Pepsi recently demonstrated its commitment to reducing its environmental impacts up and down the value chain with two rapid-fire announcements about new initiatives. The old-school approach to greening is to focus on operations within the proverbial 'four walls.' But Pepsi, like other leaders, is approaching sustainability more holistically, with much greater impact.
I recently spoke with Tim Carey, Pepsi's Director of Sustainability for Beverages in the Americas, about two big initiatives in which he's playing a key role.
First, on the downstream side, Pepsi looked for ways to raise the recycling rate of beverage containers from a relatively paltry 34% to 50% or higher. Working with GreenOps, a division of Waste Management, Pepsi launched a new program called 'Dream Machine.' These 'reverse' vending machines, now being placed in high-traffic areas such as gas stations and stadiums, take back those often-abandoned and often-unrecycled empty bottles and give users points toward rewards from sponsors or local merchants.
But Pepsi has gone beyond those relatively minor incentives to add on a social mission. The program will also help fund Pepsi's donation to a group called Entrepreneurship Bootcamp for Veterans with Disabilities (EBV), which trains vets at business schools around the country. Pepsi expects that the combined immediate points and larger mission will drive new, greener customer behaviors - and help solve one of the beverage industry's most intractable value chain problems.
Second, Pepsi has embarked on a very unusual supply chain effort to reduce the carbon emissions associated with its Tropicana orange juice. After conducting a full life-cycle analysis of the product line, the company was relatively surprised to find that the biggest portion of the carbon footprint was found not in manufacturing, or distribution, but actually back in the agriculture stage - primarily the result of the heavily natural-gas dependent process of making fertilizer (see chart).
The analysis showed Pepsi execs where the largest impacts were, and thus where they'd get the biggest bang for their buck on carbon reductions. The company started working with suppliers and farmers to find new ways to make and apply fertilizer. For example, instead of using natural gas from as far away as Russia (which then requires shipping heavy fertilizer across the world), Pepsi is using biomass from closer to home. Wood waste and agricultural by-products are two sources, but execs are hopeful they can also use the large number of their own orange rinds left over in manufacturing, which would fully close the loop.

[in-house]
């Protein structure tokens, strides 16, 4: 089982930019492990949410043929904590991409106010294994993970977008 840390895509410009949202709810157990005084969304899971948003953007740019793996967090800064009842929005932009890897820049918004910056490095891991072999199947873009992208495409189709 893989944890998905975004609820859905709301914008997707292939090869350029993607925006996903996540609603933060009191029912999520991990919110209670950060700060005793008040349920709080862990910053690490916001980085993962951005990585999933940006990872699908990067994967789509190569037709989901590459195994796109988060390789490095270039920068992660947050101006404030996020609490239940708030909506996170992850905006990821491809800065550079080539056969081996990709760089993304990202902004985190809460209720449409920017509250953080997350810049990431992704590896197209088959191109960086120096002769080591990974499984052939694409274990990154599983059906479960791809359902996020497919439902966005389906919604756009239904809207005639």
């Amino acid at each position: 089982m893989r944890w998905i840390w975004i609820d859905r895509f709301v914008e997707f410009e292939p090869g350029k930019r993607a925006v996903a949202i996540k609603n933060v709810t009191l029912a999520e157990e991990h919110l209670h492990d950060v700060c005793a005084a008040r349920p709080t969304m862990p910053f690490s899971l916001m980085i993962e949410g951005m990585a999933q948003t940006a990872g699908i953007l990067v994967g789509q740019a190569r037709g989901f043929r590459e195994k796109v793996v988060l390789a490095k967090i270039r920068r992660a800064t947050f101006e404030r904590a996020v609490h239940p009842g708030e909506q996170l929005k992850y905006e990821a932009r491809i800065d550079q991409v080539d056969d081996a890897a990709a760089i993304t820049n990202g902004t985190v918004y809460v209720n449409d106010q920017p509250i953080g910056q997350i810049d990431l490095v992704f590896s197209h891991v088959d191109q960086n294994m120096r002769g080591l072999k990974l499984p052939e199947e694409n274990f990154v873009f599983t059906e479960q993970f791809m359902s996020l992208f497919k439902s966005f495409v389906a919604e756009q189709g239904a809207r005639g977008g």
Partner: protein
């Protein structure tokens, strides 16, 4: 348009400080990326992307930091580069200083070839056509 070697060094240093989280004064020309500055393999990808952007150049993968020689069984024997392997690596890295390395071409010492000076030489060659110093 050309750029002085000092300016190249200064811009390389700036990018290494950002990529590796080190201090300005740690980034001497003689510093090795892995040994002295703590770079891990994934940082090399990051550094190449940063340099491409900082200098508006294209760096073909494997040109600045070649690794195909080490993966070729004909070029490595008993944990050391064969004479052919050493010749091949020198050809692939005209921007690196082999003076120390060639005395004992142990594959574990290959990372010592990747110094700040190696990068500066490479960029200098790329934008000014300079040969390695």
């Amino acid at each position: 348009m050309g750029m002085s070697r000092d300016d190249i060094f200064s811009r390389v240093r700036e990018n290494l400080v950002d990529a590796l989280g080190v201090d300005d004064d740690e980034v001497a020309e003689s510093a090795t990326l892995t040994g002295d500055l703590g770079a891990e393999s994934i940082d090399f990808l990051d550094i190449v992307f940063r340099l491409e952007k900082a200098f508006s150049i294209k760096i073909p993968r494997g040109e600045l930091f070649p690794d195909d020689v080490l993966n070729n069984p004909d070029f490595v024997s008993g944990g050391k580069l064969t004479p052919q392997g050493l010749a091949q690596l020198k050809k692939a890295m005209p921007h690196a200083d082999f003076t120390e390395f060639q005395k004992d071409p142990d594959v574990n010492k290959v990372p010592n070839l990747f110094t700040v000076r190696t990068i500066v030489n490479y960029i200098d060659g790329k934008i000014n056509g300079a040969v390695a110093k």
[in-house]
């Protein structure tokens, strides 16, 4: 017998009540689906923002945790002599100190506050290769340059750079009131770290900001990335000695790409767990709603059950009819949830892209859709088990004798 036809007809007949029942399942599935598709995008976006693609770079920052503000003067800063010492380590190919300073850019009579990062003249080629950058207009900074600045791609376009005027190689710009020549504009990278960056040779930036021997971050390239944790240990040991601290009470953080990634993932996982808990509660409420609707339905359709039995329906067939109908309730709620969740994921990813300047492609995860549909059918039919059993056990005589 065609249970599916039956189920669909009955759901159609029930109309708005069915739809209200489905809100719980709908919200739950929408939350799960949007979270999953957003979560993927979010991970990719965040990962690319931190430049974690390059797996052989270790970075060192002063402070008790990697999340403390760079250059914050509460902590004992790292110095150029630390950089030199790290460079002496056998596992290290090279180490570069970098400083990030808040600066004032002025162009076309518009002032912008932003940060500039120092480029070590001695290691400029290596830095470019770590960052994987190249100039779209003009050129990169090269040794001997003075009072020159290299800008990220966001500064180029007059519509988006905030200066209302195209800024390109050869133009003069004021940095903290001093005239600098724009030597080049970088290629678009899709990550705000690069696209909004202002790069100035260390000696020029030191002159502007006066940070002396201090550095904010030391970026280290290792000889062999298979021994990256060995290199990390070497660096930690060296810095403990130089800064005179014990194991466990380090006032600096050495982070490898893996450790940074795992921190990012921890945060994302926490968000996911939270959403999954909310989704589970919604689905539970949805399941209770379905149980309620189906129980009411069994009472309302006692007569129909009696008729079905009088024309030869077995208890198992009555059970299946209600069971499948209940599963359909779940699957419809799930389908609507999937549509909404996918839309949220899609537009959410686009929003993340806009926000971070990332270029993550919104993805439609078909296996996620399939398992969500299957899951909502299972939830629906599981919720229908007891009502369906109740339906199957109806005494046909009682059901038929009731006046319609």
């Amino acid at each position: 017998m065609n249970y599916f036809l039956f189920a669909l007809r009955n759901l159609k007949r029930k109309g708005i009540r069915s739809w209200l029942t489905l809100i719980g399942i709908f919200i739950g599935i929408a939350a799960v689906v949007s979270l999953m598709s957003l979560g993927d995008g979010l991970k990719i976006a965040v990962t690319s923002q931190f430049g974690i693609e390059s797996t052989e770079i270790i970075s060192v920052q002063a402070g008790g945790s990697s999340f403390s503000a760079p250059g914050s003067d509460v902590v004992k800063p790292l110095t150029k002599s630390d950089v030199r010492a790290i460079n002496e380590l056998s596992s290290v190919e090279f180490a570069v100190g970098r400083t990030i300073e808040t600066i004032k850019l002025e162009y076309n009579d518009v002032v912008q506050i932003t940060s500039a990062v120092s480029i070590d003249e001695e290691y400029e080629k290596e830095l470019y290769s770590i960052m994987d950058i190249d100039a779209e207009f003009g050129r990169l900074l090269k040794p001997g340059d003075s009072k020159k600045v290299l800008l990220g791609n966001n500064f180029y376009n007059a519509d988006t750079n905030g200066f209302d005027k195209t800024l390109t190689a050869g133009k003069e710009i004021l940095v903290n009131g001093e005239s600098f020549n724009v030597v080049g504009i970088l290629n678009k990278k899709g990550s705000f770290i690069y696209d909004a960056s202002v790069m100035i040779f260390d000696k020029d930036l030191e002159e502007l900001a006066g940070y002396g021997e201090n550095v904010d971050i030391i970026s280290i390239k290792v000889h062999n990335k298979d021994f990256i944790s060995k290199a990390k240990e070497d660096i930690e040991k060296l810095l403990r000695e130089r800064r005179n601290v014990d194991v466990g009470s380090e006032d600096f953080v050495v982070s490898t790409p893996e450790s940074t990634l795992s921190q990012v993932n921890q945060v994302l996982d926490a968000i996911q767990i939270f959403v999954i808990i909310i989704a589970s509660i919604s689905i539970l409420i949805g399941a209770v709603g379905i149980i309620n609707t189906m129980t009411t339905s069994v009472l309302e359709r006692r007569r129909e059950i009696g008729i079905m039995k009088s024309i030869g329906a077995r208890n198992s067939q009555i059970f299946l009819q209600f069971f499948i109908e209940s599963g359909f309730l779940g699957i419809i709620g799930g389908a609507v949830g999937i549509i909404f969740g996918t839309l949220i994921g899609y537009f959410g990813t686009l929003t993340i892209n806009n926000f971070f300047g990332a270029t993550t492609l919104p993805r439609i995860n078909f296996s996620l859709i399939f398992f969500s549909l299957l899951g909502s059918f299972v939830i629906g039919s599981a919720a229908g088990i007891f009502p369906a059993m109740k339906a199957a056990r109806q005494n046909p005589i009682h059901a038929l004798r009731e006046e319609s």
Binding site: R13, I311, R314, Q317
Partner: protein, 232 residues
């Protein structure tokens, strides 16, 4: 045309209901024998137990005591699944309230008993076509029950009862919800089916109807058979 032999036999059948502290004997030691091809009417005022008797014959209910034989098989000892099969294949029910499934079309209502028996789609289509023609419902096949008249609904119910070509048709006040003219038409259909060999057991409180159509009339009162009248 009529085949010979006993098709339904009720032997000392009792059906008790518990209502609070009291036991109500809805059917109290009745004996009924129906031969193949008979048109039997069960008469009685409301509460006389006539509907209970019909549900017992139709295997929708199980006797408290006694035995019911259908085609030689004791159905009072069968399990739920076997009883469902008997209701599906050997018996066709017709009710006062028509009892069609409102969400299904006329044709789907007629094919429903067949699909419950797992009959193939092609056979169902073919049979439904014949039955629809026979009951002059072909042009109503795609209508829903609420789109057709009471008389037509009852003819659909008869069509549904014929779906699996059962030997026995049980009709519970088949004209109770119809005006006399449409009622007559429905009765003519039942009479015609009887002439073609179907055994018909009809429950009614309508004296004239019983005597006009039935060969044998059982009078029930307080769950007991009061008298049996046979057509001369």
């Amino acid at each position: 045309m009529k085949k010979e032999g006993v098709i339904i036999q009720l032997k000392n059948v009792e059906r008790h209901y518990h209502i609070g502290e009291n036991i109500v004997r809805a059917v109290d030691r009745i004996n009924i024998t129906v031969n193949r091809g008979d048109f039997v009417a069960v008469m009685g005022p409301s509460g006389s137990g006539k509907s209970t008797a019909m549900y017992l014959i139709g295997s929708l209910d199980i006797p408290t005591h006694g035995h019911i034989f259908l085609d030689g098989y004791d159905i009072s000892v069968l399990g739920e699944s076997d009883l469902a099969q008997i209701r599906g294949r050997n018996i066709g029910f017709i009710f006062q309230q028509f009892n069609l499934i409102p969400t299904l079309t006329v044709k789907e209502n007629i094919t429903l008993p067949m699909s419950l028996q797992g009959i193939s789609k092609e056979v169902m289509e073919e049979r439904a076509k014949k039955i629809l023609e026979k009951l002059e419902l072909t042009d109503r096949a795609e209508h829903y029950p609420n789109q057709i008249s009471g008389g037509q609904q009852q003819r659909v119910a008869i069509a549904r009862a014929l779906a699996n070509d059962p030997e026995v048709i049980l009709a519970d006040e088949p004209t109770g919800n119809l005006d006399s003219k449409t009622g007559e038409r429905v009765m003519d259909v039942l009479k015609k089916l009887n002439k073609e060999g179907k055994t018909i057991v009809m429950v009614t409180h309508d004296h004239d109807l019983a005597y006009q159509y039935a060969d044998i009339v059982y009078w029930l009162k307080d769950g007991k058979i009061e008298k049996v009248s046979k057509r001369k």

The company is also working with scientists on the root chemistry of orange trees, applying fungi and bacteria to increase the uptake of nutrients. All that techno-speak means that the trees will need less fertilizer in total, which means less manufacturing and shipping of that fertilizer and, voila, a smaller footprint.
A 100-acre test run of these new methods of working with new, low-carbon fertilizer is underway. A few years from now, Pepsi and its suppliers will know what's working and what isn't.
But here's the best part: the cost of these changes to consumers and growers will be about zero. And it had to be. Let's face it, this kind of carbon reduction isn't easy to convey to consumers, so the market benefit may be small for now. So the sustainability team needed to find ways to lower the fertilizer footprint without causing any additional cost to suppliers or farmers. How did they do it?
As sustainability exec Tim Carey put it, 'It's not unusual to spend tens of millions of dollars removing some carbon from a manufacturing process at returns that can be 10% or less...or we can take 15% of total carbon out in the fertilizer step without costing anything.'
The impacts of these tests - and future rollout - will not be small; Pepsi buys a fairly shocking one-third of the Florida orange harvest. And the recycling work could shift millions of bottles out of landfills. Pepsi's full value chain view on sustainability is deep green stuff - this is how you implement green thinking.
Andrew Winston works with leading companies to drive growth with environmental thinking. He is a globally recognized expert on sustainability and is author of Green Recovery and co-author of Green to Gold, the best-selling guide to what works - and what doesn't - when companies go green. This article was first published in Harvard Business Review Online.